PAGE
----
Breaking the Stigma: Meds

In the past I’ve been pretty adamant about finding alternatives for medication, and I still am to some extent.  Medication is really tricky and it’s difficult to know if it’s right for you, which is why it’s so important to have a good psychiatrist or other medical professional who can prescribe you medication.

I’ve been taking medication for 16 years and yet I still sometimes have a problem with it. There was a five year period where I was off medication completely but that ended three years ago, and I’ve been back on ever since.  I felt some sense of pride that I didn’t need medication, which is really stupid because there’s nothing wrong with taking medication.  But this was 8 years ago and the mental health movement was still far from taking off.  I was so embarrassed of my medication that I used to hide it in vitamin bottles so my roommates wouldn’t know.

Not everyone with a mental illness needs medication, but for those of us who do it can sometimes be a hard pill to swallow (no pun intended) to know that you may very well be on medication for the rest of your life.  For me, it makes me feel like I’m sick and I hate that feeling.  Most of the time I’m ok with the fact that I have a mental illness and I need to take medication to manage it, but sometimes it can be really hard to deal with.  I get this idea that I need pills to be normal and that somehow makes me wrong or broken.  But really that’s not the case.  So many people take medication for so many reasons and I would never judge someone for taking their medication so why should I judge myself?

I currently take two medications, one as a mood stabilizer and one to help with depression.  Recently I added a third to help with anxiety, which for some reason I had been very hesitant to take.  I’ve struggled with anxiety since high school but over the past several months it had become unmanageable.  I found myself having a hard time having conversations with people or reading because I could’t stop my mind from racing.  I had so many irrational fears and found myself performing rituals, similar to OCD, like checking the door lock more and more.  Sometimes the anxiety about locking the door got to bad that I would get to work (which is a 40 minute commute) and turn around and go home to check the door.  I’m sorry to say I did that more than a few times.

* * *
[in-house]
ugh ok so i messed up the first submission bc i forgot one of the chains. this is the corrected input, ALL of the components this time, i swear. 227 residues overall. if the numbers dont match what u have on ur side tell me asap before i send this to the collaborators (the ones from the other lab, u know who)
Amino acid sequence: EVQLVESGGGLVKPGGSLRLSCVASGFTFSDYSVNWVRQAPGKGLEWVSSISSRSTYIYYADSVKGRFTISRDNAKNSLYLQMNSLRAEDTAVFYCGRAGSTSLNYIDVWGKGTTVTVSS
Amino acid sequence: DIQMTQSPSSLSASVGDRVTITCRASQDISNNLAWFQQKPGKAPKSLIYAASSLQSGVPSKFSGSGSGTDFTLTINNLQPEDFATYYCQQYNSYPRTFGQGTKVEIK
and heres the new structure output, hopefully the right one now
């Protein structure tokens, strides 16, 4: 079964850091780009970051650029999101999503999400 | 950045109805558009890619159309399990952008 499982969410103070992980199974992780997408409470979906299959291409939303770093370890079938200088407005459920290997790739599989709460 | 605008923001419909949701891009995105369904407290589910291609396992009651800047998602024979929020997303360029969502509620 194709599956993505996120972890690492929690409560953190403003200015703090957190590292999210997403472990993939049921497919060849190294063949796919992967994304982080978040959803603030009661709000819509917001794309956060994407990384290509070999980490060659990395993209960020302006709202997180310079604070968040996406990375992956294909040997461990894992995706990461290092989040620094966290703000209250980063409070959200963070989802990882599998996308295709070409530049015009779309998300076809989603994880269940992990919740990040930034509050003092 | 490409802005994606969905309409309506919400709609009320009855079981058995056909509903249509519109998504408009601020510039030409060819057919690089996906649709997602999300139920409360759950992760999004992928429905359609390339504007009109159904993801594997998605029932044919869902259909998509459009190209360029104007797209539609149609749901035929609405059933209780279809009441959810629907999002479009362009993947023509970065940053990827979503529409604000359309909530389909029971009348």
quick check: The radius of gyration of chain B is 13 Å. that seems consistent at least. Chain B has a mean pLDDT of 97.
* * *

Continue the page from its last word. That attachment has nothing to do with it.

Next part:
Even though anxiety was clearly affecting my life in a very negative way, I was hesitant to talk to my doctor about it.  I would casually mention it but always downplayed it and said it was probably just because of work.  But finally it got to the point where I couldn’t enjoy being with other people because I was too anxious about literally anything that I finally said something to my doctor.  He gave me a prescription for an anti-anxiety medication and I am not kidding when I say this – it was LIFE CHANGING. It felt like someone finally silenced the constant chatter of my mind that was incessantly and relentlessly pestering me with things to worry about.  I can’t fully explain how helpful this medication is to me because it’s that amazing.  I feel like I got my life back.

My point is not to push drugs on people, but to say that it’s important to be open to treatment.  There’s no need to suffer is silence.  If you’re taking medication and something isn’t working, tell your doctor.  If you think you might need medication, talk to  your primary care about finding a psychiatrist.  It’s amazing how medication can change your life and there’s no reason to feel ashamed that you need to take a pill (or two) to feel like yourself.  I’m trying to erase “feeling normal” from my vocabulary because what does feeling normal even mean?  I like feeling like me, and being riddled with anxiety is anything but that.  I wish I had said something sooner because anxiety got in the way for lot of things for me over the past several months.  But I’m happy I finally said something and found the help that I needed.  For me, natural remedies don’t work and I need medication. And there is nothing wrong with that.

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Warning: This is PSA